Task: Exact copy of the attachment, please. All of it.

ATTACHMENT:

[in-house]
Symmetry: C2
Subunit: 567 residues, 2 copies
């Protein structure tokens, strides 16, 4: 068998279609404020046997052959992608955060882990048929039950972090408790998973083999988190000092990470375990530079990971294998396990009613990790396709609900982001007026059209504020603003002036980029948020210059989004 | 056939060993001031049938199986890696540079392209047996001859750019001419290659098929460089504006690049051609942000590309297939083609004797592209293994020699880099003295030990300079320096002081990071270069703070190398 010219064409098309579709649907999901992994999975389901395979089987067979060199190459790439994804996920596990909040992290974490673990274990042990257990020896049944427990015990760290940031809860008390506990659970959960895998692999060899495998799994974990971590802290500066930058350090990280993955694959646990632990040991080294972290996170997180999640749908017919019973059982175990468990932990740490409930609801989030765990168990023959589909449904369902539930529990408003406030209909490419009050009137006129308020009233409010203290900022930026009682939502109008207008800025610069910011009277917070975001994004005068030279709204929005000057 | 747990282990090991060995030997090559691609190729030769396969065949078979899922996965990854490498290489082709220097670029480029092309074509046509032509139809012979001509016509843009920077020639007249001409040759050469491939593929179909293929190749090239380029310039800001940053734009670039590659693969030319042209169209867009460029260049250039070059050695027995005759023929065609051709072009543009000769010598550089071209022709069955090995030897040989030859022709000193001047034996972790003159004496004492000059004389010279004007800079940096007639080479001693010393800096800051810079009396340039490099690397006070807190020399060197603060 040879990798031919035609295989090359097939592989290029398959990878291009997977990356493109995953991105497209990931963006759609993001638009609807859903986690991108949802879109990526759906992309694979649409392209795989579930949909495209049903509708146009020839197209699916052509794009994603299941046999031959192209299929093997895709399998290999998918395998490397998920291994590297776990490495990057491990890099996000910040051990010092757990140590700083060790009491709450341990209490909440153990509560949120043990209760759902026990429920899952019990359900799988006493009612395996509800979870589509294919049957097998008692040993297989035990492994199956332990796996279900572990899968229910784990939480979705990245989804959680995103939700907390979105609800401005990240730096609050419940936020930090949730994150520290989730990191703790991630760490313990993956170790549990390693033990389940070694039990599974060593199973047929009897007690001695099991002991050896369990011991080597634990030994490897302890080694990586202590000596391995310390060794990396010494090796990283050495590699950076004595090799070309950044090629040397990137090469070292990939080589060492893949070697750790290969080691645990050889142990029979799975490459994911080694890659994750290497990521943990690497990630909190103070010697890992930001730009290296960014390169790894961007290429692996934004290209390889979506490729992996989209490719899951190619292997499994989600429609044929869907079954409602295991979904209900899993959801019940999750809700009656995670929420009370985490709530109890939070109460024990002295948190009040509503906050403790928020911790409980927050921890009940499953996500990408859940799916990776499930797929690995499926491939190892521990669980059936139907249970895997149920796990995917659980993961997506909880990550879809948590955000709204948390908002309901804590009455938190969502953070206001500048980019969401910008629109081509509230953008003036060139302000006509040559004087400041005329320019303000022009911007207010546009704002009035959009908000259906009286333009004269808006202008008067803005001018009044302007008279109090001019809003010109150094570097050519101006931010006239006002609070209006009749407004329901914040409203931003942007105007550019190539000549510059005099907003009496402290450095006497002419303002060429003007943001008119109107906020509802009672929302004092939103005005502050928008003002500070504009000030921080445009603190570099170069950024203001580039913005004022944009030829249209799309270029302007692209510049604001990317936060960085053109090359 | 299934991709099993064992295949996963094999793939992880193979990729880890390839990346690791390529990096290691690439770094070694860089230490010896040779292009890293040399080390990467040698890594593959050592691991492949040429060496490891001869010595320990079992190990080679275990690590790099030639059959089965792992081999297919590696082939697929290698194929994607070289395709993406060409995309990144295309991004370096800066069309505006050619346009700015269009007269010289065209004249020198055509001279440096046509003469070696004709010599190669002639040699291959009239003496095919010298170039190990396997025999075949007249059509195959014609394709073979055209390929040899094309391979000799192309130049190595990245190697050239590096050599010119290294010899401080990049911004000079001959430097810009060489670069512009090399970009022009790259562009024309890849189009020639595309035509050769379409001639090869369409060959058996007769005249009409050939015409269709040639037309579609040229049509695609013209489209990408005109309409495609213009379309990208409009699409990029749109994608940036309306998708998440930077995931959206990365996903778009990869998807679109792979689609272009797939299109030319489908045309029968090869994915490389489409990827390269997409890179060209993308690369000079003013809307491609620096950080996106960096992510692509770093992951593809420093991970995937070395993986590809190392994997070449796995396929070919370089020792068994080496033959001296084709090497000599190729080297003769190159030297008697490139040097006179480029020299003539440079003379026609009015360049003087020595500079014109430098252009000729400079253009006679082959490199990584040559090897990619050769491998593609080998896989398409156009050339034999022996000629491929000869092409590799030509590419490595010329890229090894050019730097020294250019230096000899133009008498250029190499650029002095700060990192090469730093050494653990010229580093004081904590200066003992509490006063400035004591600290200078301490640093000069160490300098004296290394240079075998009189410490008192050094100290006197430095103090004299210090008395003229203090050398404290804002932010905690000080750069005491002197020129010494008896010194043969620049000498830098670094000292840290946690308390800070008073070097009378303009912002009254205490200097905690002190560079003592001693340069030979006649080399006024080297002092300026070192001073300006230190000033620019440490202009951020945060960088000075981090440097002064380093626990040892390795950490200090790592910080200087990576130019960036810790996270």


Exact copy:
[in-house]
Symmetry: C2
Subunit: 567 residues, 2 copies
């Protein structure tokens, strides 16, 4: 068998279609404020046997052959992608955060882990048929039950972090408790998973083999988190000092990470375990530079990971294998396990009613990790396709609900982001007026059209504020603003002036980029948020210059989004 | 056939060993001031049938199986890696540079392209047996001859750019001419290659098929460089504006690049051609942000590309297939083609004797592209293994020699880099003295030990300079320096002081990071270069703070190398 010219064409098309579709649907999901992994999975389901395979089987067979060199190459790439994804996920596990909040992290974490673990274990042990257990020896049944427990015990760290940031809860008390506990659970959960895998692999060899495998799994974990971590802290500066930058350090990280993955694959646990632990040991080294972290996170997180999640749908017919019973059982175990468990932990740490409930609801989030765990168990023959589909449904369902539930529990408003406030209909490419009050009137006129308020009233409010203290900022930026009682939502109008207008800025610069910011009277917070975001994004005068030279709204929005000057 | 747990282990090991060995030997090559691609190729030769396969065949078979899922996965990854490498290489082709220097670029480029092309074509046509032509139809012979001509016509843009920077020639007249001409040759050469491939593929179909293929190749090239380029310039800001940053734009670039590659693969030319042209169209867009460029260049250039070059050695027995005759023929065609051709072009543009000769010598550089071209022709069955090995030897040989030859022709000193001047034996972790003159004496004492000059004389010279004007800079940096007639080479001693010393800096800051810079009396340039490099690397006070807190020399060197603060 040879990798031919035609295989090359097939592989290029398959990878291009997977990356493109995953991105497209990931963006759609993001638009609807859903986690991108949802879109990526759906992309694979649409392209795989579930949909495209049903509708146009020839197209699916052509794009994603299941046999031959192209299929093997895709399998290999998918395998490397998920291994590297776990490495990057491990890099996000910040051990010092757990140590700083060790009491709450341990209490909440153990509560949120043990209760759902026990429920899952019990359900799988006493009612395996509800979870589509294919049957097998008692040993297989035990492994199956332990796996279900572990899968229910784990939480979705990245989804959680995103939700907390979105609800401005990240730096609050419940936020930090949730994150520290989730990191703790991630760490313990993956170790549990390693033990389940070694039990599974060593199973047929009897007690001695099991002991050896369990011991080597634990030994490897302890080694990586202590000596391995310390060794990396010494090796990283050495590699950076004595090799070309950044090629040397990137090469070292990939080589060492893949070697750790290969080691645990050889142990029979799975490459994911080694890659994750290497990521943990690497990630909190103070010697890992930001730009290296960014390169790894961007290429692996934004290209390889979506490729992996989209490719899951190619292997499994989600429609044929869907079954409602295991979904209900899993959801019940999750809700009656995670929420009370985490709530109890939070109460024990002295948190009040509503906050403790928020911790409980927050921890009940499953996500990408859940799916990776499930797929690995499926491939190892521990669980059936139907249970895997149920796990995917659980993961997506909880990550879809948590955000709204948390908002309901804590009455938190969502953070206001500048980019969401910008629109081509509230953008003036060139302000006509040559004087400041005329320019303000022009911007207010546009704002009035959009908000259906009286333009004269808006202008008067803005001018009044302007008279109090001019809003010109150094570097050519101006931010006239006002609070209006009749407004329901914040409203931003942007105007550019190539000549510059005099907003009496402290450095006497002419303002060429003007943001008119109107906020509802009672929302004092939103005005502050928008003002500070504009000030921080445009603190570099170069950024203001580039913005004022944009030829249209799309270029302007692209510049604001990317936060960085053109090359 | 299934991709099993064992295949996963094999793939992880193979990729880890390839990346690791390529990096290691690439770094070694860089230490010896040779292009890293040399080390990467040698890594593959050592691991492949040429060496490891001869010595320990079992190990080679275990690590790099030639059959089965792992081999297919590696082939697929290698194929994607070289395709993406060409995309990144295309991004370096800066069309505006050619346009700015269009007269010289065209004249020198055509001279440096046509003469070696004709010599190669002639040699291959009239003496095919010298170039190990396997025999075949007249059509195959014609394709073979055209390929040899094309391979000799192309130049190595990245190697050239590096050599010119290294010899401080990049911004000079001959430097810009060489670069512009090399970009022009790259562009024309890849189009020639595309035509050769379409001639090869369409060959058996007769005249009409050939015409269709040639037309579609040229049509695609013209489209990408005109309409495609213009379309990208409009699409990029749109994608940036309306998708998440930077995931959206990365996903778009990869998807679109792979689609272009797939299109030319489908045309029968090869994915490389489409990827390269997409890179060209993308690369000079003013809307491609620096950080996106960096992510692509770093992951593809420093991970995937070395993986590809190392994997070449796995396929070919370089020792068994080496033959001296084709090497000599190729080297003769190159030297008697490139040097006179480029020299003539440079003379026609009015360049003087020595500079014109430098252009000729400079253009006679082959490199990584040559090897990619050769491998593609080998896989398409156009050339034999022996000629491929000869092409590799030509590419490595010329890229090894050019730097020294250019230096000899133009008498250029190499650029002095700060990192090469730093050494653990010229580093004081904590200066003992509490006063400035004591600290200078301490640093000069160490300098004296290394240079075998009189410490008192050094100290006197430095103090004299210090008395003229203090050398404290804002932010905690000080750069005491002197020129010494008896010194043969620049000498830098670094000292840290946690308390800070008073070097009378303009912002009254205490200097905690002190560079003592001693340069030979006649080399006024080297002092300026070192001073300006230190000033620019440490202009951020945060960088000075981090440097002064380093626990040892390795950490200090790592910080200087990576130019960036810790996270």